At The Motley Fool, we take a long-term view on investing. With that in mind, we asked seven of our analysts for their favorite stocks to hold for the next 20 years and beyond. Here's what they had to say.
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One company I'm interested in buying and holding for 20 years is Waste Management, the 800-pound gorilla in the garbage industry. It not only collects trash, but also provides waste transfer, recycling, resource recovery, and disposal services. The main reason I favor it as a 20-year holding is this: While it's impossible to imagine whether most companies will be going strong in 20 years, garbage is pretty steady business. Apple is doing terrifically right now, but given how quickly technology changes, it's far from certain that Apple will be the top dog in 20 years. Even telephone and cable companies might experience massive changes in two decades. But I'm fairly certain that there will be plenty of waste to collect and process in 2035.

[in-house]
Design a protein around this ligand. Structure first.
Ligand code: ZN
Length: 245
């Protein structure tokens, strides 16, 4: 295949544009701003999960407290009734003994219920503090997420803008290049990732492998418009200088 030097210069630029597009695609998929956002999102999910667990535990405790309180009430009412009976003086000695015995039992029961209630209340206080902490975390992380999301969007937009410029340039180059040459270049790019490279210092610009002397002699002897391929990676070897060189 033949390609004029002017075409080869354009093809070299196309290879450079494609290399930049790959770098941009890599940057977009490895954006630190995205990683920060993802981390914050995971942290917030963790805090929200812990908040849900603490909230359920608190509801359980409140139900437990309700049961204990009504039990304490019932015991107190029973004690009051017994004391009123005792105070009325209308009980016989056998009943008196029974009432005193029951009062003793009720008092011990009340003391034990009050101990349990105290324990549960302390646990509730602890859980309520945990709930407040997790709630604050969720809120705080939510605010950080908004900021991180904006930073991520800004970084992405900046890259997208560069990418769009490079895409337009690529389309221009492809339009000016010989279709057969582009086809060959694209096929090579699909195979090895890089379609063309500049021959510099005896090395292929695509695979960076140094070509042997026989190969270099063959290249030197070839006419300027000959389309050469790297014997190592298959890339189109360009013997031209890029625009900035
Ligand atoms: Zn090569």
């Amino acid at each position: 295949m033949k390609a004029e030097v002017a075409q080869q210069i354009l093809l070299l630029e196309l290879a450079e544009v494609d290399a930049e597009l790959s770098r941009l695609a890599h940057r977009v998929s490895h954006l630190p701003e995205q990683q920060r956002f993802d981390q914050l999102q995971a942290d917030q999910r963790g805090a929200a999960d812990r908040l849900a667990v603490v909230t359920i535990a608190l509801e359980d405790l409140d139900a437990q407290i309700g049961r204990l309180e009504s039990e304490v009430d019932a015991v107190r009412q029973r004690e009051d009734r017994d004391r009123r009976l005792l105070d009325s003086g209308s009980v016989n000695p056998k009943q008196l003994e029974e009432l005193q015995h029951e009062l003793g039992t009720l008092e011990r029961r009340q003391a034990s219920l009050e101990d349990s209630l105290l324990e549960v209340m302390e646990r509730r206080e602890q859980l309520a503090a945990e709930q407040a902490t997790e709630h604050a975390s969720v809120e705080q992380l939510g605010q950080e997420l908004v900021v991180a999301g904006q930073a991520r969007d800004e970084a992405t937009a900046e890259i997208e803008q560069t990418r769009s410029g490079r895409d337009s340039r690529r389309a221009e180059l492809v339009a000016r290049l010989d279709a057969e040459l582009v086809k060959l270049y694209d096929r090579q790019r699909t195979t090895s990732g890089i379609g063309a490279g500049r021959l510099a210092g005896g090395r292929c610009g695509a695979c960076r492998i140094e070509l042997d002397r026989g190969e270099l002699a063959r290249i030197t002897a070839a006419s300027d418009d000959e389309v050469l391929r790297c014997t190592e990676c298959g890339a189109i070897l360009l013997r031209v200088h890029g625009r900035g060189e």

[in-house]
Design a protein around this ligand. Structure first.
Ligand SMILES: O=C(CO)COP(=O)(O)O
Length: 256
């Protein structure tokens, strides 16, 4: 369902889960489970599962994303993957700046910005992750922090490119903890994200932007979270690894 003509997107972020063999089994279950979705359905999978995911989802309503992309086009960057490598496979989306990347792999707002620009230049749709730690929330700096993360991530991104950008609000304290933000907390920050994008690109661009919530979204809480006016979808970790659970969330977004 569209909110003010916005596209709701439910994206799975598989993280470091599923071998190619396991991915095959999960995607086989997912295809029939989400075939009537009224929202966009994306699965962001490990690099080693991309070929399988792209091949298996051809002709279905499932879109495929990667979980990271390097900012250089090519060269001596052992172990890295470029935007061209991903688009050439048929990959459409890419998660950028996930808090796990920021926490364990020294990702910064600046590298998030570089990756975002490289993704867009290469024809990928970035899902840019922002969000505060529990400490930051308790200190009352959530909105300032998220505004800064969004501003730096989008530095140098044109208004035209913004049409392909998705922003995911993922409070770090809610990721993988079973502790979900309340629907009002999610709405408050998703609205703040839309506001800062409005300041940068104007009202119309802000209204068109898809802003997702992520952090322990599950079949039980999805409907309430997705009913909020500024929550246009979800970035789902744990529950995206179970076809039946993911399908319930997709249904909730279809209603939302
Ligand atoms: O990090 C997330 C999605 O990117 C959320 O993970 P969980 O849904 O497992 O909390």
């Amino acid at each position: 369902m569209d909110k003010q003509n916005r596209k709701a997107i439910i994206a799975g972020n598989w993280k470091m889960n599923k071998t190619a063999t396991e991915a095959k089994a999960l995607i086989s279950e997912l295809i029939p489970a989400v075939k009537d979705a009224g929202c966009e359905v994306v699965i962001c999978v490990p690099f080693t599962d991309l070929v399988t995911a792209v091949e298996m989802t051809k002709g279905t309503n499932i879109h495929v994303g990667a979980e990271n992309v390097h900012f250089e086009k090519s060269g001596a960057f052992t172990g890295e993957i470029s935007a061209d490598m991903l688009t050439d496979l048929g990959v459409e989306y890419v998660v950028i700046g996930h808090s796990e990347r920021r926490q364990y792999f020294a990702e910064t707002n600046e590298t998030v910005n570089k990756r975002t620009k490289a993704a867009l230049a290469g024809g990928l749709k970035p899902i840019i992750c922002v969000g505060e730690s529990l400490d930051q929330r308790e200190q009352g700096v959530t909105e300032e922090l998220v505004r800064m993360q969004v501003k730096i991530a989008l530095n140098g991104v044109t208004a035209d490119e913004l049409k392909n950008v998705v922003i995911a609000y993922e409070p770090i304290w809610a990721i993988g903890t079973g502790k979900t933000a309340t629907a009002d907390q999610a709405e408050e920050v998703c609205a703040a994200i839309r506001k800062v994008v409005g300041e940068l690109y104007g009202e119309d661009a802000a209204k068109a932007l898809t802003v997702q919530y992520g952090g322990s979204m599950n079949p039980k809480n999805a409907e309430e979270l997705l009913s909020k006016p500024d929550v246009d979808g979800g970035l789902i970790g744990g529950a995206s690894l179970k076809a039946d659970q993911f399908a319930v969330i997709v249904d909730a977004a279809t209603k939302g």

Waste Management's revenue has been growing slowly, and earnings have fallen in recent years. That's because the company is in the midst of restructuring and cutting costs, and it has also been affected negatively by some currency translation effects. However, it has been raising prices and enjoying free cash flow of more than $1 billion annually. It has also been turning itself into a "green" waste company, investing in a cleaner fleet of garbage trucks and converting landfill gases into electricity.
Waste Management also offers investors a significant dividend, recently yielding 2.9%, and it has been increasing its payout by an annual average of about 7% over the past decade. Its stock has averaged annual growth of nearly 10% over the past 20 years.
My only caveat is that with Waste Management stock up more than 25% over the past year, it doesn't look like a screaming bargain right now, so you might want to add it to your watchlist and hope for a price drop.